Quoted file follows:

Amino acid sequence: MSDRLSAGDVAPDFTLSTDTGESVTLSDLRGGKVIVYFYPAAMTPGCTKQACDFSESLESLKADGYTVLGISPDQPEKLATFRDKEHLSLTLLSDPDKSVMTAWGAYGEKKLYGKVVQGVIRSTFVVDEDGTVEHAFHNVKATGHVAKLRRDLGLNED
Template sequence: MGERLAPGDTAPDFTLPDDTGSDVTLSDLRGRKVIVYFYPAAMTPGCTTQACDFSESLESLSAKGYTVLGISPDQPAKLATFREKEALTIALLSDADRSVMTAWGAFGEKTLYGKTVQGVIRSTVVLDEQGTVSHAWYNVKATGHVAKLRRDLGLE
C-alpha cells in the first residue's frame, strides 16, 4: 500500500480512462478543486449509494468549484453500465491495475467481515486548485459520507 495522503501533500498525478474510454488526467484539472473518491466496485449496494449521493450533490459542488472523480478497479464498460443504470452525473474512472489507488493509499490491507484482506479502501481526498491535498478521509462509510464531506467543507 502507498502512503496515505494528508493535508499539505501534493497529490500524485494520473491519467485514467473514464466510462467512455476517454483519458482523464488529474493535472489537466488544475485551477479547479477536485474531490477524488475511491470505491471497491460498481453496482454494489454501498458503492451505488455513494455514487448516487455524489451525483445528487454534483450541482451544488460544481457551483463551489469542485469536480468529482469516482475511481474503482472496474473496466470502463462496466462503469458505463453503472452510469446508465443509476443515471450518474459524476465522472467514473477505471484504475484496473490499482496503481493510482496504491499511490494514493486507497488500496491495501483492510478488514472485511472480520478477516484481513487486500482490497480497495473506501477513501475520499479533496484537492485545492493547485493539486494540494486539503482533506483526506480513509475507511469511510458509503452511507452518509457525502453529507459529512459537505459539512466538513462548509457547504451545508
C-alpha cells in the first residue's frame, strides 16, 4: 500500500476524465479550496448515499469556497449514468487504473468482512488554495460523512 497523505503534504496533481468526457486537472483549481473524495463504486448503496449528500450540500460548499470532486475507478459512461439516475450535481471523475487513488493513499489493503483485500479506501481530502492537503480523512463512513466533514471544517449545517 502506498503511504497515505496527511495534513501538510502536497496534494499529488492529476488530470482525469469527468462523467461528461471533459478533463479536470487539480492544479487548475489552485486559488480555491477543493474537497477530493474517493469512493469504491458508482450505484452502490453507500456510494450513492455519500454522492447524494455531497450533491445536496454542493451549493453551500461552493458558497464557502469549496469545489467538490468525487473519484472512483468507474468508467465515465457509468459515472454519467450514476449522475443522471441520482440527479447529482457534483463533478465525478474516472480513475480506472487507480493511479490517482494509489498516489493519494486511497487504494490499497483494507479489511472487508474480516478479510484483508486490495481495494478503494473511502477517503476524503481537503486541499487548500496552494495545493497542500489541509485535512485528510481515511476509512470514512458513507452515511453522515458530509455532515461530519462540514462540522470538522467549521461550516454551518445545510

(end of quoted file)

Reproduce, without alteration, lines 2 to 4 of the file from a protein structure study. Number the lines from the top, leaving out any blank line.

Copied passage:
Template sequence: MGERLAPGDTAPDFTLPDDTGSDVTLSDLRGRKVIVYFYPAAMTPGCTTQACDFSESLESLSAKGYTVLGISPDQPAKLATFREKEALTIALLSDADRSVMTAWGAFGEKTLYGKTVQGVIRSTVVLDEQGTVSHAWYNVKATGHVAKLRRDLGLE
C-alpha cells in the first residue's frame, strides 16, 4: 500500500480512462478543486449509494468549484453500465491495475467481515486548485459520507 495522503501533500498525478474510454488526467484539472473518491466496485449496494449521493450533490459542488472523480478497479464498460443504470452525473474512472489507488493509499490491507484482506479502501481526498491535498478521509462509510464531506467543507 502507498502512503496515505494528508493535508499539505501534493497529490500524485494520473491519467485514467473514464466510462467512455476517454483519458482523464488529474493535472489537466488544475485551477479547479477536485474531490477524488475511491470505491471497491460498481453496482454494489454501498458503492451505488455513494455514487448516487455524489451525483445528487454534483450541482451544488460544481457551483463551489469542485469536480468529482469516482475511481474503482472496474473496466470502463462496466462503469458505463453503472452510469446508465443509476443515471450518474459524476465522472467514473477505471484504475484496473490499482496503481493510482496504491499511490494514493486507497488500496491495501483492510478488514472485511472480520478477516484481513487486500482490497480497495473506501477513501475520499479533496484537492485545492493547485493539486494540494486539503482533506483526506480513509475507511469511510458509503452511507452518509457525502453529507459529512459537505459539512466538513462548509457547504451545508
C-alpha cells in the first residue's frame, strides 16, 4: 500500500476524465479550496448515499469556497449514468487504473468482512488554495460523512 497523505503534504496533481468526457486537472483549481473524495463504486448503496449528500450540500460548499470532486475507478459512461439516475450535481471523475487513488493513499489493503483485500479506501481530502492537503480523512463512513466533514471544517449545517 502506498503511504497515505496527511495534513501538510502536497496534494499529488492529476488530470482525469469527468462523467461528461471533459478533463479536470487539480492544479487548475489552485486559488480555491477543493474537497477530493474517493469512493469504491458508482450505484452502490453507500456510494450513492455519500454522492447524494455531497450533491445536496454542493451549493453551500461552493458558497464557502469549496469545489467538490468525487473519484472512483468507474468508467465515465457509468459515472454519467450514476449522475443522471441520482440527479447529482457534483463533478465525478474516472480513475480506472487507480493511479490517482494509489498516489493519494486511497487504494490499497483494507479489511472487508474480516478479510484483508486490495481495494478503494473511502477517503476524503481537503486541499487548500496552494495545493497542500489541509485535512485528510481515511476509512470514512458513507452515511453522515458530509455532515461530519462540514462540522470538522467549521461550516454551518445545510